“Sell those ladies a license!” boomed a voice, and the room went up in cheers.
For Jimmie Beall and Mindy Ross, the words were a long time coming. Sitting in the flower and bird feeder-filled backyard of their Galloway home, the engaged couple smile in the summer breeze, relaxing in Adirondack chairs on the covered patio. Beall came home with a bouquet of pink and white roses, and they are slowly releasing their lovely fragrance as the two talk about the day everything changed—there are tears, laughter, and lots of loving looks.
“When the ruling came down, we cried,” said Ross.
Every year on Valentine’s Day for the past seven years, the couple has gone to the courthouse to get a marriage license. The first time they visited the two were directed to see a judge, who explained that he was an advocate for marriage equality but his hands were legally tied. The next time they went, they met a magistrate who told them they can’t give them a license “but here’s some cookies,” said Jimmie. And it went on like that for five more years.
This year, although it wasn’t Valentine’s Day, Beall brought cookies herself, a tray of Mexican wedding balls and spiced pecans. “My dad grew up in the 1940s in Oklahoma when gay-bashing was a sport, and my grandma, who was 102, stuck up for me and said, ‘Bobby, what difference does it make as long as she’s happy and in love!’ She made spiced pecans, so I brought those along to honor her,” Beall said.
Glued to the Supreme Court blog, they waited. Then it happened: same-sex marriage bans were declared unconstitutional.
“The judges then had to read the decision, look at the rules of enforcement, and print new forms. It took about an hour,” explained Beall, with Ross adding, “At some point the magistrate who had offered us cookies, Fred Meister, brought us a copy of the ruling, hugged us, and said ‘I’m so happy I can do this.’”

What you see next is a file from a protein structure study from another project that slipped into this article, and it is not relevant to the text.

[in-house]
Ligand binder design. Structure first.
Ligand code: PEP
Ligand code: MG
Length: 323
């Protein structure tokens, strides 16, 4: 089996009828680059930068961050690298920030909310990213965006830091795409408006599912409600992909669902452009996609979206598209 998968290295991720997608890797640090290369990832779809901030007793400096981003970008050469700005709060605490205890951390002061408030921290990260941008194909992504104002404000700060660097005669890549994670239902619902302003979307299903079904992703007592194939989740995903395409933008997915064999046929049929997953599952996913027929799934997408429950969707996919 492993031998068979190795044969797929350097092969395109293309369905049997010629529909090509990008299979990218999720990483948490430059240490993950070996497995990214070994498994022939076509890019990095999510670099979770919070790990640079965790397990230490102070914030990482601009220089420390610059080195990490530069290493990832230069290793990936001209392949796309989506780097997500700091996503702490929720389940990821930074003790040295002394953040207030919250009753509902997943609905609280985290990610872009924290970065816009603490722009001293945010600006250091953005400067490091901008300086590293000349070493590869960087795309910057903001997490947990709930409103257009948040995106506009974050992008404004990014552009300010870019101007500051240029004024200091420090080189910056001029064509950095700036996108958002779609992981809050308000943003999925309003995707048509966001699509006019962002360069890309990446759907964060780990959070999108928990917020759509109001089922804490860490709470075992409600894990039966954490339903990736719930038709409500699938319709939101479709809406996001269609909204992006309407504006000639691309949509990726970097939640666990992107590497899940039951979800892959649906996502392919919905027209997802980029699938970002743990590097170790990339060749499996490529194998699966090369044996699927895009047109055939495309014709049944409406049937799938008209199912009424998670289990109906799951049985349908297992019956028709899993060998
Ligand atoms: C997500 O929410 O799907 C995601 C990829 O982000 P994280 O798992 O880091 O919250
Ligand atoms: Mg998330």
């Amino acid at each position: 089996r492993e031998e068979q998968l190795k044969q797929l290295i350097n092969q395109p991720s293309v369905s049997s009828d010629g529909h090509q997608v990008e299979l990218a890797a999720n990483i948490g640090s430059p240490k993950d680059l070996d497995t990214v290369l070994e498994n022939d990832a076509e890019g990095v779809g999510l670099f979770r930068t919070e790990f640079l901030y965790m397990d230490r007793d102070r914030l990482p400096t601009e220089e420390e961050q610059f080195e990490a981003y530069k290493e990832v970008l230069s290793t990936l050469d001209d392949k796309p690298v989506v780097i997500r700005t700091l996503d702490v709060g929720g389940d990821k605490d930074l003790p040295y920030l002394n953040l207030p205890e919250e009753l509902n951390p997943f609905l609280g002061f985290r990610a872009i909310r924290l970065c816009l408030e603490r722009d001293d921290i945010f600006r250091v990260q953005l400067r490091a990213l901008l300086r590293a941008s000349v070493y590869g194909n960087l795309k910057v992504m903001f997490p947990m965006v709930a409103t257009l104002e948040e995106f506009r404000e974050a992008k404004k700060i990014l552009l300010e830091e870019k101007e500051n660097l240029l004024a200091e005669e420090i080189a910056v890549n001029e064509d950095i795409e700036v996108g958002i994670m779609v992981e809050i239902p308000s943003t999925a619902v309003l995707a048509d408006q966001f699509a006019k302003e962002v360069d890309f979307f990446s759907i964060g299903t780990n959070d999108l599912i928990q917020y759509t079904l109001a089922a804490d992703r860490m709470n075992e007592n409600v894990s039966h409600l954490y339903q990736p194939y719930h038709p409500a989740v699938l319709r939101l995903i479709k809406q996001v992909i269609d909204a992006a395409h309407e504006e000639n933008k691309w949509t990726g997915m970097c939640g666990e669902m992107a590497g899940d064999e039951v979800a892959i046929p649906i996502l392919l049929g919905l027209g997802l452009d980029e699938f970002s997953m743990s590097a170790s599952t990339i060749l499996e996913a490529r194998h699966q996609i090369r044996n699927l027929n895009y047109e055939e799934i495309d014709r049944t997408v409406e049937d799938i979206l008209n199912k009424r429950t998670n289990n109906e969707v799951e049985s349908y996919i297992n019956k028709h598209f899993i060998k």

The day before, Ross found herself in a Short North florist waiting for a bouquet of rainbow flowers. Over the sound system came the song “Marry Me” by Train. Loving the song, she looked it up and memorized it on the way home. When Beall came home that night, the bouquet shimmered while Ross serenaded her:
“Forever can never be long enough for me…”
Beall, of course, burst into tears. “Snot, the whole thing,” she laughed, looking over at Ross and grabbing her hand tight.
“We knew [the decision] would be Friday or Monday, and, historically, June 26 has been a day where major cases affecting the LGBT community have been decided,” Beall said. “But all I knew was I wanted to be there when it happened—[Mindy’s] 52 years old and has never been married … never thought she could get married.”
Many people talk about a marriage license being “just a piece of paper,” but the Supreme Court decision gave legitimacy to relationships across the country that heretofore had been relegated to the back of the bus, so to speak.
“You can just breathe, that’s what it feels like,” Beall said. “I think for people to understand the emotional impact of being an oppressed person, living skittish, being hyper-vigilant, lying, monitoring pronouns, talking in code, wondering if it’s okay to hold hands—Are we standing too close together?—or to even look at each other a certain way … if people really caught a glimpse of that piece, we wouldn’t let people live on the margins or put people through this.”
“You shouldn’t have to live wondering if another human being is going to honor my relationship, honor me as a human,” added Ross.
The wedding will take place in the fall. The two would’ve gotten married right then and there in the courthouse, but they want to have their children with them, Renee, 19, and Ryan, 27. The brides also want to have their extended family of kids—students from Columbus City Schools where they both work—to be able to attend. “I was working summer school at South High and these kids came up and congratulated me,” Ross said. “They would say, ‘I saw your article,’ and I’m gay. There was one post from this boy who just wrote, ‘Called It.’ It was great.”
“These were kids who didn’t know who they could talk to,” Beall finished. “We want to show them that this is possible for you—this romantic and special thing will provide one more piece of access, one more opportunity to build hope.”
The two are currently planning the wedding, and Ross jokes that she doesn’t recognize herself. “I mean, I’m 52 years old, how can I be excited? I never thought I’d be planning a wedding … when I was 19 or something, I watched the coverage of Princess Diana and Charles’ wedding for 24 hours, by myself, in the basement. I dreamed of the white horse fairy tale, but I knew it wasn’t going to happen. We’ll finally get to be able to say ‘I do,’ and someone will say, ‘You’re married.’”
“And you get to kiss the bride,” added Jimmie. “That’s the best part.”